Summer is an atrocious season.  I am not a heat person at all, I loathe it with a passion.  So, when it comes to cooking in summer, particularly in our current house which is without airflow in the kitchen, I try to avoid using heat as much as possible because I don’t want to Jekyll and Hyde my poor family.  Using a slow cooker means no heat radiating about your kitchen.  It also means little effort.  This bread is SUPER easy to make and also has a bunch of variations, which I will list below.  Have some fun with this.

Slow Cooker Bread

1 1/2 tsp yeast
1 1/2 cups warm water (like bathwater)
1 tsp himalayan salt
3 1/4 cups flour of your choice (I like to use an organic, unbleached flour)

Place yeast, salt and warm water into a bowl, whisk quickly and leave to bloom for approx 10 minutes.  After 10 minutes, add the flour and mix into a shaggy dough.  It’s okay if it’s sticky and wet, that’s what we want!  Cover and let rise for an hour.  During this hour, it’s a good idea to get your slow cooker out and preheat (on high).

Once dough has doubled in size, lightly flour counter or workspace and pull out half of the dough – it should be noted, however, that if you’re using any of the variations or making your own, this is the time to add whatever extra ingredients you choose.  Lightly knead them through and then continue with separating the dough in half.  Hold the ball of dough and, using your thumbs, tuck the sides underneath.  This part is important, but hard to explain so watch a quick tutorial HERE.  Place dough ball on baking paper, cover and allow to rise for another half hour.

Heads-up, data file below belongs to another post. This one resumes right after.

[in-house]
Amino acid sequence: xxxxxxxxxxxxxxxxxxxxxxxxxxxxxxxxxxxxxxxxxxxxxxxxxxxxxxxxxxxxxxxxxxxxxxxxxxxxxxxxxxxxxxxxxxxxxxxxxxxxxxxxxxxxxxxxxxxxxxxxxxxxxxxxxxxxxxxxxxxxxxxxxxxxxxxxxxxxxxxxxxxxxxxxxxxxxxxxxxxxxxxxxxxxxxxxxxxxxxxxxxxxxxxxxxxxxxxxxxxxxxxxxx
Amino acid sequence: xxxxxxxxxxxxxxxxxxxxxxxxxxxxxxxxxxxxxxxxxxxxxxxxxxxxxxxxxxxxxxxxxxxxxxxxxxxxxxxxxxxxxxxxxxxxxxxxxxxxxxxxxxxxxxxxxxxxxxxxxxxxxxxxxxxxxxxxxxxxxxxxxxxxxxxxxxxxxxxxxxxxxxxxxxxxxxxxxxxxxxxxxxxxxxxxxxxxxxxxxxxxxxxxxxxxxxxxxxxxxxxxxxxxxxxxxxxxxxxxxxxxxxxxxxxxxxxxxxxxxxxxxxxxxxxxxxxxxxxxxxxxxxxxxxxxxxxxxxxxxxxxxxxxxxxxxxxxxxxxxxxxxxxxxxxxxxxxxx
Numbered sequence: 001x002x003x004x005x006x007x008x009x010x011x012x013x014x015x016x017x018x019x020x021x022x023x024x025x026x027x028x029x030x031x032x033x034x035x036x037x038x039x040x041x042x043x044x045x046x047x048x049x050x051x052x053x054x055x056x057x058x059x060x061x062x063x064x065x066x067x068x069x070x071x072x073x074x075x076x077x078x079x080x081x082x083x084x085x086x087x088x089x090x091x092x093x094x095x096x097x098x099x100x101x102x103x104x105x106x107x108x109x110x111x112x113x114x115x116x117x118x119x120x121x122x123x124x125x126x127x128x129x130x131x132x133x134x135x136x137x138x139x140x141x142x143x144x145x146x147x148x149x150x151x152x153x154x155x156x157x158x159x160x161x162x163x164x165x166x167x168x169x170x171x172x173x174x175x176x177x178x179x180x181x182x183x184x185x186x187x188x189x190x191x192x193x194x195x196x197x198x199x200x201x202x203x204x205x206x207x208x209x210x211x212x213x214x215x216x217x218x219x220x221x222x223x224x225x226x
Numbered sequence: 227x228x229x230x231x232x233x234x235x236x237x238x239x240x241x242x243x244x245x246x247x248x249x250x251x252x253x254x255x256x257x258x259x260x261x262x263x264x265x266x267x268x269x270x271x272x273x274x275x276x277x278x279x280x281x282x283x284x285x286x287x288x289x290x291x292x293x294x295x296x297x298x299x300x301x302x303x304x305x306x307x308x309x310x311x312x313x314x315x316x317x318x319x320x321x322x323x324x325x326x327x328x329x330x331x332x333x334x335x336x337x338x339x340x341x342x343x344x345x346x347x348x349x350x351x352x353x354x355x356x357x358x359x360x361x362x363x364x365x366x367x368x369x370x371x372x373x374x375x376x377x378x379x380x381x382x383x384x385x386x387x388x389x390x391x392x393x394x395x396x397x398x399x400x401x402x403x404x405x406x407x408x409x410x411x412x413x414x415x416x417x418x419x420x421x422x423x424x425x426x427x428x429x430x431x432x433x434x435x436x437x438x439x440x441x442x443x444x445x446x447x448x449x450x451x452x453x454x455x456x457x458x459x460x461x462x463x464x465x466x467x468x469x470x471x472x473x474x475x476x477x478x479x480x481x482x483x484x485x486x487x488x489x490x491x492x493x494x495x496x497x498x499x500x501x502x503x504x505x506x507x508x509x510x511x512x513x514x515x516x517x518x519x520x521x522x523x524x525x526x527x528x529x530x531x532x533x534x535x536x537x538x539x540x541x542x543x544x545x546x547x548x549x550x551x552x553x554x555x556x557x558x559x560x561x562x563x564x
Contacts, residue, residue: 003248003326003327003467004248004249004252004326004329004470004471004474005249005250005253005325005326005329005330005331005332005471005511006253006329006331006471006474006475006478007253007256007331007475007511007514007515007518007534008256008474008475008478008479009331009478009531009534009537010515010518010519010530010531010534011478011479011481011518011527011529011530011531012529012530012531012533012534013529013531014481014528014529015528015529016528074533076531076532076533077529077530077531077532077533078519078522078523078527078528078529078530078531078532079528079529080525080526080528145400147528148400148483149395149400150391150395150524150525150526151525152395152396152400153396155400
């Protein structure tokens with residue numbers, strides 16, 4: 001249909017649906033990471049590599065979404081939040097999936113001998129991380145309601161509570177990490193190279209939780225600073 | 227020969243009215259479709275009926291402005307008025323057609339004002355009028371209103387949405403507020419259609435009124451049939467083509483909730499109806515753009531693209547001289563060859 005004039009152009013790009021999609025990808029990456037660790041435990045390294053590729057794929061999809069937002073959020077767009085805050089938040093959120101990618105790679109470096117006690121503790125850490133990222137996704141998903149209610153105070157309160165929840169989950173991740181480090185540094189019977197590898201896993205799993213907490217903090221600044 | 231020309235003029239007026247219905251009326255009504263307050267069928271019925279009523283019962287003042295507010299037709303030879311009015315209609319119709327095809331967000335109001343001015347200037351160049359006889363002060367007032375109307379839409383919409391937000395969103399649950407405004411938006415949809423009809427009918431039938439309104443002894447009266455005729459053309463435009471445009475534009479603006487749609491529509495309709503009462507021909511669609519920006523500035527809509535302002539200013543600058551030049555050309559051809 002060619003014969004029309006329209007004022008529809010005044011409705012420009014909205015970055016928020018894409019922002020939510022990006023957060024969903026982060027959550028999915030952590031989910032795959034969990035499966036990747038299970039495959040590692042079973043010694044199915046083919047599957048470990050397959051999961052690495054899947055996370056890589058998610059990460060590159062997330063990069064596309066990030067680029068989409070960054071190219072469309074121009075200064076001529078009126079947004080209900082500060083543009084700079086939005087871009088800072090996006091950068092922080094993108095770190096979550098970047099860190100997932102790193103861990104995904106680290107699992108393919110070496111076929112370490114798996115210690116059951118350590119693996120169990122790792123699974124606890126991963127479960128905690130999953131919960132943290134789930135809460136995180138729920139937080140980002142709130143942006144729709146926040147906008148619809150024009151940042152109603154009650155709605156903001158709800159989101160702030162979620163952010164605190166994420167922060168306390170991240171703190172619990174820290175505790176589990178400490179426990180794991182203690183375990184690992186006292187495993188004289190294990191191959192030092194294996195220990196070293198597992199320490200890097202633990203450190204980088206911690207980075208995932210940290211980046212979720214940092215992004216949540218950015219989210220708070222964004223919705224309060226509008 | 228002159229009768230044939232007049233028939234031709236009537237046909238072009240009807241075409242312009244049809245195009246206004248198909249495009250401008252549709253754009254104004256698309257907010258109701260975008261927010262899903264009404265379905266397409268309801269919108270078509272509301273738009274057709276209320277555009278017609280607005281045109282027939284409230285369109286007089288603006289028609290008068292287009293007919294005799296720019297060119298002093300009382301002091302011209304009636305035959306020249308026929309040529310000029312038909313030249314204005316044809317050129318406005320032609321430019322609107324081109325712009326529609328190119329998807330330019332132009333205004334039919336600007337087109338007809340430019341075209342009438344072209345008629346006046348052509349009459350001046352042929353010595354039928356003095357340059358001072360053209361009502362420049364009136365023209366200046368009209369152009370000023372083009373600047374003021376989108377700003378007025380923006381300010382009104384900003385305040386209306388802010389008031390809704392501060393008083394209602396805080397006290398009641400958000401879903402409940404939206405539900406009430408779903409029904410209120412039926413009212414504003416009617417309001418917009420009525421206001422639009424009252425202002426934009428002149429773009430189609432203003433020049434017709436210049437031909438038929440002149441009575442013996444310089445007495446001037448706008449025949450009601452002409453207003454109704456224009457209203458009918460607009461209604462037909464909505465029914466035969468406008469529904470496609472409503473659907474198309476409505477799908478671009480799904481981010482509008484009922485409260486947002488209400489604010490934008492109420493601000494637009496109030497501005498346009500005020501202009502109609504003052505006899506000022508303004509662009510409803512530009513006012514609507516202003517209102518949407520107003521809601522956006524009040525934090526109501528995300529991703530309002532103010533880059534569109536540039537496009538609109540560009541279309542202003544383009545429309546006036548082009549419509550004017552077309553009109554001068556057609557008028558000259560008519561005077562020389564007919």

After 30 minutes, place dough (baking paper and all) into slow cooker.  This is the part where you get to exercise your kitchen prowess.  I have found that cooking time can vary anywhere from 1 to 2 hours.  Basically, you’re waiting for the bread to look cooked, rounded and springy.  It shouldn’t sink in and not pop back out when pressed, but it WONT be browned like the bread you’re used to.  You can remove it once it’s cooked and just leave it at that, however, I choose to broil mine on high for 2 minutes, just to achieve a nice browning and crustiness to the outside.  DELICIOUS!  Let it cool completely and then eat it all in one sitting.  You’ll want to, believe me.


Whole wheat:  If you choose to use whole wheat flour, remember that it doesn’t have as much gluten as regular flour and will be more dense.  I usually mix it up by adding half/half regular flour and whole wheat.  In any case of using whole wheat (mixing flours or 100% whole wheat), be sure to mix in 1 1/2 tsp of baking powder after the dough has risen for the first time.

Garlic and rosemary:  At the point specified in the above method, add 2 cloves of minced garlic or 3 tsp garlic powder and a handful of bruised rosemary leaves and knead through gently making sure that additions are completely distributed throughout dough.  Continue as per recipe.

The above are the two variations I have tried so far, but there are many more.  Here are a bunch of ideas:

Basil leaves and finely chopped sun dried tomatoes
Subbing 1 cup of flour with 1 cup of rye flour
Cinnamon and honey (add 2 tsp of honey with yeast/water/salt mixture)
Zucchini and oregano

Have fun playing around with your own combinations and be sure to post and tag me in a photo if you make a loaf!

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Posted in Food

Skate commission

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I know I’ve been posting a lot of Clint’s work lately, but the guy is doing some SUPER things.